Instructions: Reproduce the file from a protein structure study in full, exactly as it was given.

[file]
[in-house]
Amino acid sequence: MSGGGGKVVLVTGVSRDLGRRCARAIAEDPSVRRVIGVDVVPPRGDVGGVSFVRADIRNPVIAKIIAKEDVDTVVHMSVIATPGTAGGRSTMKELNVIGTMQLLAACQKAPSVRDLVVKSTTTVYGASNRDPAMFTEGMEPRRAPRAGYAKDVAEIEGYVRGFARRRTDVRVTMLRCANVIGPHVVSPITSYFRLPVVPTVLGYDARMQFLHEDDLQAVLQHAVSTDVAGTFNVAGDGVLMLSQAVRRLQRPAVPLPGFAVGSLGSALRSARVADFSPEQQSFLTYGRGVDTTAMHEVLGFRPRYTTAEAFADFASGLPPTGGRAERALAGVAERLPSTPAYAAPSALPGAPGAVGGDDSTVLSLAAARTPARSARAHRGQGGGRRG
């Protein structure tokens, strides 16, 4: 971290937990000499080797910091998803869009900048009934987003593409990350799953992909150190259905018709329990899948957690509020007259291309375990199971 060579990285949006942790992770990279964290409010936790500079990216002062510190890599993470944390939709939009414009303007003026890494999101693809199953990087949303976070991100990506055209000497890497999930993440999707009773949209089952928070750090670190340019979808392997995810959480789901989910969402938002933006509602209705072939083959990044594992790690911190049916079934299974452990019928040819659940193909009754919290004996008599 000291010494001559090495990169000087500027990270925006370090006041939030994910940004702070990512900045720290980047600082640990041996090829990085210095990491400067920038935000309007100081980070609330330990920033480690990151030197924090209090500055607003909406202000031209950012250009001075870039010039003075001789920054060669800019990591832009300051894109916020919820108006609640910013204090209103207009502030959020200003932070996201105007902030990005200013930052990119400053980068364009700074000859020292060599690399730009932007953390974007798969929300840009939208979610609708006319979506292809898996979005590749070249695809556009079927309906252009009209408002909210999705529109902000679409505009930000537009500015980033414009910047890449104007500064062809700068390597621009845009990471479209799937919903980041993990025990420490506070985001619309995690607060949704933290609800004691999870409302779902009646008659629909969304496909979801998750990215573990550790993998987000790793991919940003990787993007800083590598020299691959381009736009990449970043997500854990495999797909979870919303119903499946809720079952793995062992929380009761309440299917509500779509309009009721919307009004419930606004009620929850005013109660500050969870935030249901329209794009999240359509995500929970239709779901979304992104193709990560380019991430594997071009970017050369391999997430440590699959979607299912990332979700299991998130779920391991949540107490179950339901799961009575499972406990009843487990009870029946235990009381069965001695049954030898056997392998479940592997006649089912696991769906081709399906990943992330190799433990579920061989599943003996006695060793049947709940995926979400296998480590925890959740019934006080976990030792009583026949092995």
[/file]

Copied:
[in-house]
Amino acid sequence: MSGGGGKVVLVTGVSRDLGRRCARAIAEDPSVRRVIGVDVVPPRGDVGGVSFVRADIRNPVIAKIIAKEDVDTVVHMSVIATPGTAGGRSTMKELNVIGTMQLLAACQKAPSVRDLVVKSTTTVYGASNRDPAMFTEGMEPRRAPRAGYAKDVAEIEGYVRGFARRRTDVRVTMLRCANVIGPHVVSPITSYFRLPVVPTVLGYDARMQFLHEDDLQAVLQHAVSTDVAGTFNVAGDGVLMLSQAVRRLQRPAVPLPGFAVGSLGSALRSARVADFSPEQQSFLTYGRGVDTTAMHEVLGFRPRYTTAEAFADFASGLPPTGGRAERALAGVAERLPSTPAYAAPSALPGAPGAVGGDDSTVLSLAAARTPARSARAHRGQGGGRRG
């Protein structure tokens, strides 16, 4: 971290937990000499080797910091998803869009900048009934987003593409990350799953992909150190259905018709329990899948957690509020007259291309375990199971 060579990285949006942790992770990279964290409010936790500079990216002062510190890599993470944390939709939009414009303007003026890494999101693809199953990087949303976070991100990506055209000497890497999930993440999707009773949209089952928070750090670190340019979808392997995810959480789901989910969402938002933006509602209705072939083959990044594992790690911190049916079934299974452990019928040819659940193909009754919290004996008599 000291010494001559090495990169000087500027990270925006370090006041939030994910940004702070990512900045720290980047600082640990041996090829990085210095990491400067920038935000309007100081980070609330330990920033480690990151030197924090209090500055607003909406202000031209950012250009001075870039010039003075001789920054060669800019990591832009300051894109916020919820108006609640910013204090209103207009502030959020200003932070996201105007902030990005200013930052990119400053980068364009700074000859020292060599690399730009932007953390974007798969929300840009939208979610609708006319979506292809898996979005590749070249695809556009079927309906252009009209408002909210999705529109902000679409505009930000537009500015980033414009910047890449104007500064062809700068390597621009845009990471479209799937919903980041993990025990420490506070985001619309995690607060949704933290609800004691999870409302779902009646008659629909969304496909979801998750990215573990550790993998987000790793991919940003990787993007800083590598020299691959381009736009990449970043997500854990495999797909979870919303119903499946809720079952793995062992929380009761309440299917509500779509309009009721919307009004419930606004009620929850005013109660500050969870935030249901329209794009999240359509995500929970239709779901979304992104193709990560380019991430594997071009970017050369391999997430440590699959979607299912990332979700299991998130779920391991949540107490179950339901799961009575499972406990009843487990009870029946235990009381069965001695049954030898056997392998479940592997006649089912696991769906081709399906990943992330190799433990579920061989599943003996006695060793049947709940995926979400296998480590925890959740019934006080976990030792009583026949092995």